|Duration||September 17 -|
December 17, 1967
|East Champions||Dallas Cowboys|
|West Champions||Green Bay Packers|
|Champions||Green Bay Packers|
The two 8-team conferences were split into two divisions each: the Eastern Conference divisions were Capitol (Dallas, New Orleans, Philadelphia, and Washington) and Century (Cleveland, New York, Pittsburgh, and St. Louis), and the Western Conference divisions were Central (Chicago, Detroit, Green Bay, and Minnesota) and Coastal (Atlanta, Baltimore, Los Angeles, and San Francisco). Each division winner advanced to the playoffs, expanded to four teams in this year. The Saints and the New York Giants agreed to switch divisions in 1968 and return to the 1967 alignment in 1969. This was done to allow all Eastern Conference teams to visit New York at least once over the three-year period.
The NFL season concluded on December 31, when the Green Bay Packers defeated the Dallas Cowboys in the NFL Championship Game (known as the "Ice Bowl"). Two weeks later, on January 14, 1968, the Packers handily defeated the AFL's Oakland Raiders in Super Bowl II at Miami's Orange Bowl. This was Vince Lombardi's final game as the Packers' head coach. At the time, it was officially the "AFL-NFL World Championship Game," though the more succinct "Super Bowl" was commonly used.
The Baltimore Colts had tied for the NFL's best record in 1967 at 11-1-2, but were excluded from the postseason because of new rules introduced for breaking ties within a division. The L.A. Rams won the division title over Baltimore as a result of the Rams' 34-10 win over Baltimore on the last game of the regular season and a 24-24 tie in Baltimore in mid-October. L.A. had a 24-point edge over Baltimore in head-to-head meetings, giving them the tiebreaker and the Coastal division title. The other three division winners had only nine victories each. A total of nine NFL games ended in ties, the most since 1932 - including the two ties in the AFL (considered official NFL records since the merger) makes this the only season since 1932 with ten or more tied games.
Prior to 1975, the playoff sites rotated and were known prior to the start of the season. The hosts in 1967 were the Capitol and Central division winners for the conference championships (first round), and the Western Conference for the championship game. The 1968 playoff hosts were Century, Coastal, and Eastern, respectively, and 1969 was like 1967.
The Eastern Conference was split into the Capitol and Century Divisions, and the Western Conference had the Coastal and Central Divisions. (Each of the new division names began with the letter C and contained seven letters.) Under the new system, each team played six division games (a home-and-away series against teams in its division); a game against each of the other four teams in its conference; and a nonconference game against all of the four members of one of the two four-team division in the other conference, for a total of 14 games. In the past, if two teams were tied for the division lead at season's end, a one-game playoff was conducted to break the tie. Starting in 1967, a tiebreaking system was implemented that started with net points in head-to-head competition, followed by the team that had less recently played in a title game. As such, only one team in a division would be the division winner, even if the won-loss record was the same.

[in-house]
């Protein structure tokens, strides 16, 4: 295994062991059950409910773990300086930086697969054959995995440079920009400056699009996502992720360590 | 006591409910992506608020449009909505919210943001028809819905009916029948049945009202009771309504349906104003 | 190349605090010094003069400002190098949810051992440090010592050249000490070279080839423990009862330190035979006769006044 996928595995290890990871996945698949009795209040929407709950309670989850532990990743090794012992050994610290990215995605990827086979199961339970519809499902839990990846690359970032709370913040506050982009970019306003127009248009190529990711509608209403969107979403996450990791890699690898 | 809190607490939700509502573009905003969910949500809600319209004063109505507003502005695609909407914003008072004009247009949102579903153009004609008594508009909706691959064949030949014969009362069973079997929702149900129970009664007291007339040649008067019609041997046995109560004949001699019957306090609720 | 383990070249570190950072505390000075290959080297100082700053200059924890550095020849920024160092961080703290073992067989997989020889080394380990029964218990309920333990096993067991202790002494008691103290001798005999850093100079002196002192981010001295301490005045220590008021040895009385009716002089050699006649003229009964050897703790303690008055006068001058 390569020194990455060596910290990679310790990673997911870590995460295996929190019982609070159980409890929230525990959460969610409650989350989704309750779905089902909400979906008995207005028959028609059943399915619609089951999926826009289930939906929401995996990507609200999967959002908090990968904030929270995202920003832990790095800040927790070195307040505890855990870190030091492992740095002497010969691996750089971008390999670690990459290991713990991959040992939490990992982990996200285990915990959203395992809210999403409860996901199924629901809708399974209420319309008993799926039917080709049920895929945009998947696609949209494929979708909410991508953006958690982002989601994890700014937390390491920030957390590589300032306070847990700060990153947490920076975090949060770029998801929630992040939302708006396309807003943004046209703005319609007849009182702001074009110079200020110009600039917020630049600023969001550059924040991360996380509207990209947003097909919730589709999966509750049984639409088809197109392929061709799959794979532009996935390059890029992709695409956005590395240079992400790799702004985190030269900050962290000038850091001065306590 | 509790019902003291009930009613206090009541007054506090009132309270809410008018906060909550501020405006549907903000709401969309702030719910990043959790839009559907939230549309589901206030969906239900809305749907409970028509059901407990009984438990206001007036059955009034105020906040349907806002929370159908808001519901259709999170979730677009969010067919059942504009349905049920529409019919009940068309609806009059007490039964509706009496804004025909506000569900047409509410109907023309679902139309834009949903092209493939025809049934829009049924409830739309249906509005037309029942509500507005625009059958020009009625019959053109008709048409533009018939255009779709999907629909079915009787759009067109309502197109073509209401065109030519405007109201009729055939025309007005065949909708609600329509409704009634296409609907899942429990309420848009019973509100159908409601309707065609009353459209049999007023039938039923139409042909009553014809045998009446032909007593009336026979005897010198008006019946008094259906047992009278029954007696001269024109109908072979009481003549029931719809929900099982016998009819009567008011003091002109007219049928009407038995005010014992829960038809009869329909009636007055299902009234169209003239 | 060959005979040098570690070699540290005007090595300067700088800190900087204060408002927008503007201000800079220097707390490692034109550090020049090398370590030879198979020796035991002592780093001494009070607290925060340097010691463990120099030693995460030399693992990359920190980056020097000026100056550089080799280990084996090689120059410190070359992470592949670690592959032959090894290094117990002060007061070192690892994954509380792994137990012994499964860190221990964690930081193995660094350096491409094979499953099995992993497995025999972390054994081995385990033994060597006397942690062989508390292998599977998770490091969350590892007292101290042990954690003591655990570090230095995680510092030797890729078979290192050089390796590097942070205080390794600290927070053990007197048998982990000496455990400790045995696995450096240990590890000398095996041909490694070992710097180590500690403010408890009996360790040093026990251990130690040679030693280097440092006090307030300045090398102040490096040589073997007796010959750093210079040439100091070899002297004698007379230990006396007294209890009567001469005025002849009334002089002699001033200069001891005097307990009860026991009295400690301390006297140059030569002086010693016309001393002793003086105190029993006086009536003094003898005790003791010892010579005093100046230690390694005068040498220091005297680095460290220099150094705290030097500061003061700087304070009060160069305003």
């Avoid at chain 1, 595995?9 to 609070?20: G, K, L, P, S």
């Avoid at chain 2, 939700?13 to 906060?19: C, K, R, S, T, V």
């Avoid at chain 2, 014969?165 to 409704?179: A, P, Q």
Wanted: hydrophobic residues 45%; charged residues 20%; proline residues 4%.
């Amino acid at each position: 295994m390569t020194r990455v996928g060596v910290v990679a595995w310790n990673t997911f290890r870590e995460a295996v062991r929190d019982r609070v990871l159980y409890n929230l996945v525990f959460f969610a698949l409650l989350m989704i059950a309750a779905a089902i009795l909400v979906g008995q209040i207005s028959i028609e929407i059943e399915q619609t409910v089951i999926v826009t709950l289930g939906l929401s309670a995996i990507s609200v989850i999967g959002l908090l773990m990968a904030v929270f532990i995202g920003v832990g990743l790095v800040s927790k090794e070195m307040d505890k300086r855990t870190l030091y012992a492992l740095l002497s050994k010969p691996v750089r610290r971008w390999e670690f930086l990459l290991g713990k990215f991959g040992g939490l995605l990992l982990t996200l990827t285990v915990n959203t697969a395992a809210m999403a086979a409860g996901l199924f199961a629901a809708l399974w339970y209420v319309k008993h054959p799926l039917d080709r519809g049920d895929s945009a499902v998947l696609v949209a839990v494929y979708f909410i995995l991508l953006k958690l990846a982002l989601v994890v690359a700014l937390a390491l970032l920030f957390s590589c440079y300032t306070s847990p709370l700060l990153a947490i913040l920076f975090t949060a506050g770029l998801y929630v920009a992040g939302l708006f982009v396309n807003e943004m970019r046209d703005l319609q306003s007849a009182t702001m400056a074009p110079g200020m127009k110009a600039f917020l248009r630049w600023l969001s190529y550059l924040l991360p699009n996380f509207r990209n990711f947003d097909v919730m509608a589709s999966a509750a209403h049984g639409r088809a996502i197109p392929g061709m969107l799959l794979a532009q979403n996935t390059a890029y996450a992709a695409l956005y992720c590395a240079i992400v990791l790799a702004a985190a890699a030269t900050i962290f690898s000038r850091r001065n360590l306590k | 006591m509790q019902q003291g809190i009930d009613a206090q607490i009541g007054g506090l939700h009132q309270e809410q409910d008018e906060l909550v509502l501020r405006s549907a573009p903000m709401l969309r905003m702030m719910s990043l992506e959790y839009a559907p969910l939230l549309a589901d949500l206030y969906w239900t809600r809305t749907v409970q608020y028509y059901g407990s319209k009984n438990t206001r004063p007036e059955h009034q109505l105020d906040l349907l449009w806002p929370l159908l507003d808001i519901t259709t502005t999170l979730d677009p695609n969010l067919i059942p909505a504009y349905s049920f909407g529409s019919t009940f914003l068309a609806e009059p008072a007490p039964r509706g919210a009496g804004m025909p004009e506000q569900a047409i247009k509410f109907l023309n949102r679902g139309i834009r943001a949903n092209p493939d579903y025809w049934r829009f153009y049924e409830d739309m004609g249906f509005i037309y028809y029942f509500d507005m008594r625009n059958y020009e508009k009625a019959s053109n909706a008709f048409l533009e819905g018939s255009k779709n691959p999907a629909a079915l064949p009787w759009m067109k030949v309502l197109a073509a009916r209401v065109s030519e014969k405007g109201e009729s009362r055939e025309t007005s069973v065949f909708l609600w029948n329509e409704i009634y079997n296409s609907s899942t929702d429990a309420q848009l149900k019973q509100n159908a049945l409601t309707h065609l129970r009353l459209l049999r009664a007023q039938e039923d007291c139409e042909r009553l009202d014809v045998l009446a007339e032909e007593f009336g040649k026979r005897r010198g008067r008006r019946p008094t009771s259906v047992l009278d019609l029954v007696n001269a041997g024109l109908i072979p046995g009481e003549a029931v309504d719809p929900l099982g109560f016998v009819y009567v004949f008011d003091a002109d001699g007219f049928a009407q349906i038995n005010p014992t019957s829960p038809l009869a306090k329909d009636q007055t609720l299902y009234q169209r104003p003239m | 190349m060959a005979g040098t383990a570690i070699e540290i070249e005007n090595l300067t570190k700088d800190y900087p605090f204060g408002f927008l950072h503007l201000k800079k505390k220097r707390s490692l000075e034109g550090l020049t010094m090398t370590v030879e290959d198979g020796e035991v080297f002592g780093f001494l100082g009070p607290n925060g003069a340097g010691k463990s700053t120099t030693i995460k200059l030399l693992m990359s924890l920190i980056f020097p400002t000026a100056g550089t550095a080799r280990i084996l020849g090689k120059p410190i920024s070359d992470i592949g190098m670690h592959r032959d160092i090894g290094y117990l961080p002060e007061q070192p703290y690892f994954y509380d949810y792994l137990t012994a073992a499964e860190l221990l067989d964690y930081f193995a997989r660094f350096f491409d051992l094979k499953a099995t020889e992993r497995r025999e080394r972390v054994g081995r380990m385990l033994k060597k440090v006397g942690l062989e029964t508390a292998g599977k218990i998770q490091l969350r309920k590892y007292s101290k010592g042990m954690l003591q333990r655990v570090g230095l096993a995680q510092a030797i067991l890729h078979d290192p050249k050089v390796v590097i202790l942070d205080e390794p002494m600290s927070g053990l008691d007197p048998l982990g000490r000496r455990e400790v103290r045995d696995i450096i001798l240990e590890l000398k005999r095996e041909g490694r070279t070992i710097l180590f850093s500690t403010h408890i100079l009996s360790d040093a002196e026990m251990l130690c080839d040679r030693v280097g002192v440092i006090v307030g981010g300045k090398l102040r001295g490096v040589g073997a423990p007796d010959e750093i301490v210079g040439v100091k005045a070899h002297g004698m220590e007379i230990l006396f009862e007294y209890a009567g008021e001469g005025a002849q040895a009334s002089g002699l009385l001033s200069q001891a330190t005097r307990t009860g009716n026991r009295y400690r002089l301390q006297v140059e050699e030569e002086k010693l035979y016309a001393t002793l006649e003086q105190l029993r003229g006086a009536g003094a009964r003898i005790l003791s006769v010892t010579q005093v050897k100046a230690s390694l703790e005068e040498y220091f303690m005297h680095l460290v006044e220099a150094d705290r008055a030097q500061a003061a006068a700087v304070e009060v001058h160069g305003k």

|2||Dallas||2-0-0||St. Louis||1-1-0||San Francisco||2-0-0||Detroit||1-0-1|
|3||Philadelphia||2-1-0||St. Louis||2-1-0||Los Angeles||3-0-0||Green Bay||2-0-1|
|4||Dallas||3-1-0||St. Louis||3-1-0||Baltimore||4-0-0||Green Bay||3-0-1|
|5||Dallas||4-1-0||New York||3-2-0||Baltimore||4-0-1||Green Bay||3-1-1|
|7||Dallas||5-2-0||New York||4-3-0||Baltimore||5-0-2||Green Bay||5-1-1|
|8||Dallas||6-2-0||St. Louis||5-3-0||Baltimore||6-0-2||Green Bay||5-2-1|
|9||Dallas||7-2-0||St. Louis||5-3-1||Baltimore||7-0-2||Green Bay||6-2-1|
|14||Dallas||9-5-0||Cleveland||9-5-0||Los Angeles||11-1-2||Green Bay||9-4-1|
W = Wins, L = Losses, T = Ties, PCT= Winning Percentage, PF= Points For, PA = Points Against
Note: Prior to 1972, the NFL did not include tie games when calculating a team's winning percentage in the official standings
|New Orleans Saints||3||11||0||.214||233||379|
|New York Giants||7||7||0||.500||369||379|
|St. Louis Cardinals||6||7||1||.462||333||356|
|Los Angeles Rams||11||1||2||.917||398||196|
|San Francisco 49ers||7||7||0||.500||273||337|
|Green Bay Packers||9||4||1||.692||332||209|
Los Angeles won the Coastal Division based on better point differential in head-to-head games (net 24 points) vs. Baltimore. The Rams and Colts played to a 24-24 tie in Baltimore in October before the Rams won 34-10 on the season's final Sunday at the Los Angeles Memorial Coliseum. NOTE: The result would be the same under the modern tiebreaker, which relies first on head-to-head record (Los Angeles won the head-to-head series, 1-0-1).
|Conference Championship Games||NFL Championship Game|
|December 24, 1967 - Cotton Bowl|
|* December 31, 1967 - Lambeau Field|
|December 23, 1967 - Milwaukee County Stadium|
|Green Bay Packers||21|
|Los Angeles Rams||7|
|Green Bay Packers||28|
* - The Ice Bowl
|Most Valuable Player||Johnny Unitas, Quarterback, Baltimore Colts|
|Coach of the Year||George Allen, L.A. Rams; Don Shula, Baltimore Colts (tie)|
|Offensive Rookie of the Year||Mel Farr, Running Back, Detroit|
|Defensive Rookie of the Year||Lem Barney, Cornerback, Detroit|